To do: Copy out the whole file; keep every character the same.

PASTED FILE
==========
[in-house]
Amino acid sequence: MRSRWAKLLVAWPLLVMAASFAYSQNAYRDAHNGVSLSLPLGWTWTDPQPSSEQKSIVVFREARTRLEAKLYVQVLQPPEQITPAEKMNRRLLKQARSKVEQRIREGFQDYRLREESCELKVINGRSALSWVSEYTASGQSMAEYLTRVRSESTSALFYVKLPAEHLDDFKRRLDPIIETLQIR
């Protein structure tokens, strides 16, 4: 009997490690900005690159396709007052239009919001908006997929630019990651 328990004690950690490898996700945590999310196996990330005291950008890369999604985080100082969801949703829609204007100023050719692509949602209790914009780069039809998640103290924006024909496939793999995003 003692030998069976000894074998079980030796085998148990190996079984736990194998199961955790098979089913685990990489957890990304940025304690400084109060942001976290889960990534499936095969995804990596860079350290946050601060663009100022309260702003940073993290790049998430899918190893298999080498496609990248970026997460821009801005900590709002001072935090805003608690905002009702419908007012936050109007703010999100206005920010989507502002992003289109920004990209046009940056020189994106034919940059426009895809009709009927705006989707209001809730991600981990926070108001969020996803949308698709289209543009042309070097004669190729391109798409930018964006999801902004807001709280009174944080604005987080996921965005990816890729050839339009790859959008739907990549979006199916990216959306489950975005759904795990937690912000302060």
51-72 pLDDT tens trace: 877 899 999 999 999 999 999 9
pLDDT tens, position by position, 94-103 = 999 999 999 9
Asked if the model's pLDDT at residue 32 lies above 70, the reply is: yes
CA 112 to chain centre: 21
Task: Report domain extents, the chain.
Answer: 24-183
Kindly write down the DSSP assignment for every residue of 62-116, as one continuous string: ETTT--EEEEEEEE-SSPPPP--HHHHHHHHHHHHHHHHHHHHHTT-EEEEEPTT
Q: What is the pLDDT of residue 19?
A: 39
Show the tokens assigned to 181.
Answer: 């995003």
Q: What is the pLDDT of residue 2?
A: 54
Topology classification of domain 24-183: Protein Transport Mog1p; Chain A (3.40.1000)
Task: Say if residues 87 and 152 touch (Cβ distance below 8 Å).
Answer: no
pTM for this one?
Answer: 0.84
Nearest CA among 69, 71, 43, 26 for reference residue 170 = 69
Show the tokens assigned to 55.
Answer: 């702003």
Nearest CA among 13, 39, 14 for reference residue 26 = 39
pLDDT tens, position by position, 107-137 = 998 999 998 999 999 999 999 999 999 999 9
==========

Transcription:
[in-house]
Amino acid sequence: MRSRWAKLLVAWPLLVMAASFAYSQNAYRDAHNGVSLSLPLGWTWTDPQPSSEQKSIVVFREARTRLEAKLYVQVLQPPEQITPAEKMNRRLLKQARSKVEQRIREGFQDYRLREESCELKVINGRSALSWVSEYTASGQSMAEYLTRVRSESTSALFYVKLPAEHLDDFKRRLDPIIETLQIR
């Protein structure tokens, strides 16, 4: 009997490690900005690159396709007052239009919001908006997929630019990651 328990004690950690490898996700945590999310196996990330005291950008890369999604985080100082969801949703829609204007100023050719692509949602209790914009780069039809998640103290924006024909496939793999995003 003692030998069976000894074998079980030796085998148990190996079984736990194998199961955790098979089913685990990489957890990304940025304690400084109060942001976290889960990534499936095969995804990596860079350290946050601060663009100022309260702003940073993290790049998430899918190893298999080498496609990248970026997460821009801005900590709002001072935090805003608690905002009702419908007012936050109007703010999100206005920010989507502002992003289109920004990209046009940056020189994106034919940059426009895809009709009927705006989707209001809730991600981990926070108001969020996803949308698709289209543009042309070097004669190729391109798409930018964006999801902004807001709280009174944080604005987080996921965005990816890729050839339009790859959008739907990549979006199916990216959306489950975005759904795990937690912000302060």
51-72 pLDDT tens trace: 877 899 999 999 999 999 999 9
pLDDT tens, position by position, 94-103 = 999 999 999 9
Asked if the model's pLDDT at residue 32 lies above 70, the reply is: yes
CA 112 to chain centre: 21
Task: Report domain extents, the chain.
Answer: 24-183
Kindly write down the DSSP assignment for every residue of 62-116, as one continuous string: ETTT--EEEEEEEE-SSPPPP--HHHHHHHHHHHHHHHHHHHHHTT-EEEEEPTT
Q: What is the pLDDT of residue 19?
A: 39
Show the tokens assigned to 181.
Answer: 């995003």
Q: What is the pLDDT of residue 2?
A: 54
Topology classification of domain 24-183: Protein Transport Mog1p; Chain A (3.40.1000)
Task: Say if residues 87 and 152 touch (Cβ distance below 8 Å).
Answer: no
pTM for this one?
Answer: 0.84
Nearest CA among 69, 71, 43, 26 for reference residue 170 = 69
Show the tokens assigned to 55.
Answer: 């702003």
Nearest CA among 13, 39, 14 for reference residue 26 = 39
pLDDT tens, position by position, 107-137 = 998 999 998 999 999 999 999 999 999 999 9